Why Wall Street Is So Worried About Intel’s Problems With Moore’s Law
Intel executives spent hours on Wednesday publicly explaining their plans to expand chip sales for servers and cloud data centers amid a resurgent threat from Advanced Micro Devices. Unable to offer the simplest answer, however, Intel’s strategy session failed to entirely reassure investors, analysts, and customers.
The challenge for Intel, as it has been for several years, is that it can’t rely on easily improving chip performance and efficiency like it did previously—by printing smaller versions of the billions of tiny circuits in each chip. At least for Intel, decades of steady progress predicted by Moore’s Law—the maxim that chips can hold twice the number of transistors every few years— has stalled.
Intel’s plan to shift from manufacturing 14 nanometer circuits to 10 nanometers — the industry’s not-precisely-accurate shorthand for the scale of fitting transistors on a chip—first targeted for 2015 won’t happen until late next year for regular PCs and in 2020 for servers. That’s a major delay compared with AMD (AMD), which is sprinting ahead.
Earlier this year, AMD shifted from producing 14 nanometer to 12 nanometer circuits. And it has already shown partners a 7-nanometer version of its Epyc server chip, code-named Rome, which will go on sale next year.
Without mentioning Intel by name, AMD CEO Lisa Su alluded to her rival’s problems while speaking to analysts last month. “We see incredible opportunities ahead based on the competitive positioning and customer interest in our upcoming 7-nanometer products,” Su said.
Intel’s event on Wednesday, in Santa Clara, Calif., was intended to show that its “competitive positioning” was better than outsiders realized. Even without the jump to 10 nanometer sizes, Intel’s chips would offer compelling performance improvements, the company argued.
Intel’s next generation server chips, called Cascade Lake, coming later this year, and the next upgrade, called Cooper Lake, coming in 2019 will both be at 14 nanometers. They will include Intel’s usual “step function” of faster processing times from improved designs and new features, the company said without specifying how much faster. The Cooper Lake chips will also be compatible with the same server designs as the 10-nanometer Ice Lake line finally coming in mid-2020, making it easier and cheaper for customers to upgrade to the faster chips.
Intel’s stock, which plunged 9% on July 27 after details of the latest 10-nanometer chip delays emerged, gained only about 2% since Wednesday’s event. For the year, Intel’s shares are up 12%, versus a gain of 88% for AMD and 33% for fellow rival Nvidia.
The presentations on Wednesday aimed to spell out some of the new features and improvements in the 14-nanometer chips.
“We’ve been talking a lot about 2019 and having sustained, continued data center performance leadership,” Lisa Spelman, Intel vice president and general manager of its Xeon server chip line that includes the new, upcoming chips, tells Fortune. “We are building to that and delivering that across the entirety of the road map that we showed.”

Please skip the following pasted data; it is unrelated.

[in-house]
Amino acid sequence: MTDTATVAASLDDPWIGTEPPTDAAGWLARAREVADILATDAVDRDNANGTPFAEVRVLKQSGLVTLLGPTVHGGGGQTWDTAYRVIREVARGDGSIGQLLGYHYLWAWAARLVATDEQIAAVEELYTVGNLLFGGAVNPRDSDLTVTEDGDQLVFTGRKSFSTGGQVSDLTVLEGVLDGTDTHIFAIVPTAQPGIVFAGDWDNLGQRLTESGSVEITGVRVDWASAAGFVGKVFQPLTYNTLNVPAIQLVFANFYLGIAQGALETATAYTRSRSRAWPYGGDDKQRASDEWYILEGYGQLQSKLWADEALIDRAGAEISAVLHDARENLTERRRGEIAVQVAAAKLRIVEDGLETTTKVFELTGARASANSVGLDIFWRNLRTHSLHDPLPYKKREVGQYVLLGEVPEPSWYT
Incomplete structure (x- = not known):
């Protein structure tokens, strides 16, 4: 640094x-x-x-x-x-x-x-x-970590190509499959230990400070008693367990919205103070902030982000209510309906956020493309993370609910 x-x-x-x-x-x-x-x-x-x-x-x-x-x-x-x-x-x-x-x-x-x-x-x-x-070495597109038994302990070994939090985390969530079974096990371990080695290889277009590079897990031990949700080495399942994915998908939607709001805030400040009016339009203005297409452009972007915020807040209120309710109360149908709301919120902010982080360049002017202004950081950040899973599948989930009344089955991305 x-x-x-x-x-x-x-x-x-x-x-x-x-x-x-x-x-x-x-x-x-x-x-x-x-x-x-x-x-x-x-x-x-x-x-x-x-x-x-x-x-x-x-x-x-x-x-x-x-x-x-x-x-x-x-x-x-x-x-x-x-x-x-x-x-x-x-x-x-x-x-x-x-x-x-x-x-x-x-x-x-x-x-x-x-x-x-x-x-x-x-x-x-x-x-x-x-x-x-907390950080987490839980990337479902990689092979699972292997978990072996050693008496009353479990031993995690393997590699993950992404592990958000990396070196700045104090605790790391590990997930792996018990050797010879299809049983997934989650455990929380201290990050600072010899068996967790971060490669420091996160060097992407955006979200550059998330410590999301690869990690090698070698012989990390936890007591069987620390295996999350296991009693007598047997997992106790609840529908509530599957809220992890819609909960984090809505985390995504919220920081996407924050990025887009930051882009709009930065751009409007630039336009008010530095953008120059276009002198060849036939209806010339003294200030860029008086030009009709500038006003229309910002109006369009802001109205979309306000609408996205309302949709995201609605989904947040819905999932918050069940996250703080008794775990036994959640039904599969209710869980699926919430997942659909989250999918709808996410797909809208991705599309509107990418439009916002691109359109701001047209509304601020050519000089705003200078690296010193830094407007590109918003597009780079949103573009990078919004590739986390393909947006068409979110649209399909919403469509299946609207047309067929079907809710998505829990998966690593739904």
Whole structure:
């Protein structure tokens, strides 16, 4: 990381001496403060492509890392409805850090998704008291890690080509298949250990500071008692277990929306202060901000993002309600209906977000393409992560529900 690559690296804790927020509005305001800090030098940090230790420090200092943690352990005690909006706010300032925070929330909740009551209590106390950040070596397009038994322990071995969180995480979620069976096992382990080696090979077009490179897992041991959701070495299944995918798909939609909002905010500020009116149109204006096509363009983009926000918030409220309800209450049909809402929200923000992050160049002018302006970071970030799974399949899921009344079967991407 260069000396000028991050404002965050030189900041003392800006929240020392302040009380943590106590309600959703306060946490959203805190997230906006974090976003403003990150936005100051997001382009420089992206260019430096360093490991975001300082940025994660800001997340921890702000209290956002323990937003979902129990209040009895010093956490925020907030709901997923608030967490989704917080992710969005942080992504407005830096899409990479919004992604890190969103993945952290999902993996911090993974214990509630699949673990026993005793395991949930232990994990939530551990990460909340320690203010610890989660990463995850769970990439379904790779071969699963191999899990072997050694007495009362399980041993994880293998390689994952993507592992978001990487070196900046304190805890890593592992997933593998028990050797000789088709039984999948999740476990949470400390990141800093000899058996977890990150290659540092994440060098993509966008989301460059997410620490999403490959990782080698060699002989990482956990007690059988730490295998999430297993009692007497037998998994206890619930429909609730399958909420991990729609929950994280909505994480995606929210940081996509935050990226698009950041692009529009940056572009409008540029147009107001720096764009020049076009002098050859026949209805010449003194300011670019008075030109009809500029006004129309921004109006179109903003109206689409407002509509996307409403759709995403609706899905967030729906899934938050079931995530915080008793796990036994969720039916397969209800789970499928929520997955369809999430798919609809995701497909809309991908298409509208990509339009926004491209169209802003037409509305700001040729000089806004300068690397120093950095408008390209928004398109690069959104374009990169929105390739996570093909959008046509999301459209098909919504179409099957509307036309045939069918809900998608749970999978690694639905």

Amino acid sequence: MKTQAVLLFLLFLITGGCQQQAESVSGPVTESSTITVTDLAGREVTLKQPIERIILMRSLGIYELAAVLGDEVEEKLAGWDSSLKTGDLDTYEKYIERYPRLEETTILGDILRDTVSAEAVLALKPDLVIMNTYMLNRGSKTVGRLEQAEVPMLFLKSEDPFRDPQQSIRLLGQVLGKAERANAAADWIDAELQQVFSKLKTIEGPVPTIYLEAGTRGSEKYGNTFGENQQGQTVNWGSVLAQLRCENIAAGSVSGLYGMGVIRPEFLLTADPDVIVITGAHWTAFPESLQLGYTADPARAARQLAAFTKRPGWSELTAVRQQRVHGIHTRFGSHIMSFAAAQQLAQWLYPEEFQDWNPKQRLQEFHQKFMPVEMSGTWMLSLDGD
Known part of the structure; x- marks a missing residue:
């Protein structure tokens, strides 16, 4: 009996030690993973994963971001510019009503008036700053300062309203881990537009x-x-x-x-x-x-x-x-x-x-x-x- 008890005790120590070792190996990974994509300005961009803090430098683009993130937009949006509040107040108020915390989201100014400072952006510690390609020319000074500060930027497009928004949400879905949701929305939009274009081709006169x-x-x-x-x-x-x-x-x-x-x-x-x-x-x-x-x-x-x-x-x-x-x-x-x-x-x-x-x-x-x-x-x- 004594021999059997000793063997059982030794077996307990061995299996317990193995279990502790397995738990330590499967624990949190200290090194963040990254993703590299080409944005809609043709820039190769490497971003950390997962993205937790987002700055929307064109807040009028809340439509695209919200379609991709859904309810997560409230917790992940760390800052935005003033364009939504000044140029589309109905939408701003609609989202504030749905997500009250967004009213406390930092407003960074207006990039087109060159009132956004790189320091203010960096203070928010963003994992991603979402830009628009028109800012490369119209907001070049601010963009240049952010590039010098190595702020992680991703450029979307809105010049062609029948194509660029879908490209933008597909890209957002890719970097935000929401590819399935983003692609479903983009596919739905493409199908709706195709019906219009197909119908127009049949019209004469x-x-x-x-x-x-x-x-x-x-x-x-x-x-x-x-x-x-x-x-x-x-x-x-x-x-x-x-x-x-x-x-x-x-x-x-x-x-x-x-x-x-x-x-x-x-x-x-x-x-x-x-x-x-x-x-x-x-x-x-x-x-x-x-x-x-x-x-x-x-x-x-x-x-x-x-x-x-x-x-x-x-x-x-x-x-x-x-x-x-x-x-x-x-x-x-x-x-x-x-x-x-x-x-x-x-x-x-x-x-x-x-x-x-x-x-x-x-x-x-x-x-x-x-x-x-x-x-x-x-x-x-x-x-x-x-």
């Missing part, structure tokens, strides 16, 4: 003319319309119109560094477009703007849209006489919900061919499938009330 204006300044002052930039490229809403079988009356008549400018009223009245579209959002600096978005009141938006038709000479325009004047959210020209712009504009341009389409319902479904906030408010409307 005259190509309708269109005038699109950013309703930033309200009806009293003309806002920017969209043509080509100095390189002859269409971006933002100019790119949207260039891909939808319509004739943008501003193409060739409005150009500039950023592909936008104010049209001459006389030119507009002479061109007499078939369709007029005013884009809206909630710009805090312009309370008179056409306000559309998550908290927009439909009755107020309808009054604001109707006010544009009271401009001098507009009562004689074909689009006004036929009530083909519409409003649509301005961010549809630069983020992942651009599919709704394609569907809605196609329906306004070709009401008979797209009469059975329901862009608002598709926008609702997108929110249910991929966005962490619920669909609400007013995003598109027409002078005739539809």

Spelman wouldn’t provide more detail about the improved performance of Intel’s upcoming chips. That will come at a later formal introduction, she promised. At last year’s introduction of the Xeon Scalable line, Intel customers said they’d seen a 30% improvement, for example.
This year’s Cascade Lake line will also include hardware changes to improve security to address the Spectre and Meltdown vulnerabilities revealed earlier this year that tarnished the entire chip industry’s reputation, she said.
Upcoming Intel chips will also have special features to speed up artificial intelligence and machine learning tasks, a growing need in data centers that rival Nvidia has rushed to meet. Intel (INTC) provided no new details about its own early effort to create graphics chips, an area which it ignored for years, to compete with Nvidia (NVDA) more directly.
Analysts were less than impressed by Intel’s failure to address the performance of its chips versus the competition. “We would have loved to have gotten more direct insight into the 14 nm strategy for holding share in server microprocessors,” Morgan Stanley analyst Joe Moore noted on Thursday. Not helping matters is that Intel is currently looking for a permanent CEO since Brian Krzanich resigned in June. “We would expect the resolution of the CEO search to provide some clarity,” Moore added.
The presentations “did not instill a lot of confidence on how they will maintain performance leadership across the entire product line given delay of 10 nm and no public 7 nm timing (likely 2022),” Barclays analyst Blayne Curtis concluded.
At this point, Intel “has mostly lost control” of the debate given its repeated delays, Bernstein analyst Stacy Rasgon wrote after attending the event. “The evolution of the competitive environment around the CPUs themselves remains an open question,” he wrote on Thursday. “The sessions did little to improve the company’s narrative around…forthcoming relative performance characteristics.”
Analyst Tim Arcuri was more excited about some of the server products Intel showed beyond just CPUs, like memory chips and storage systems which could lift sales and offer features competitors could not. “Although there was really nothing new, we were encouraged that INTC is ‘surrounding’ the data with a myriad of data-centric products,” Arcuri wrote on Thursday. “Ergo, there is more headroom here for growth than most investors appreciate.”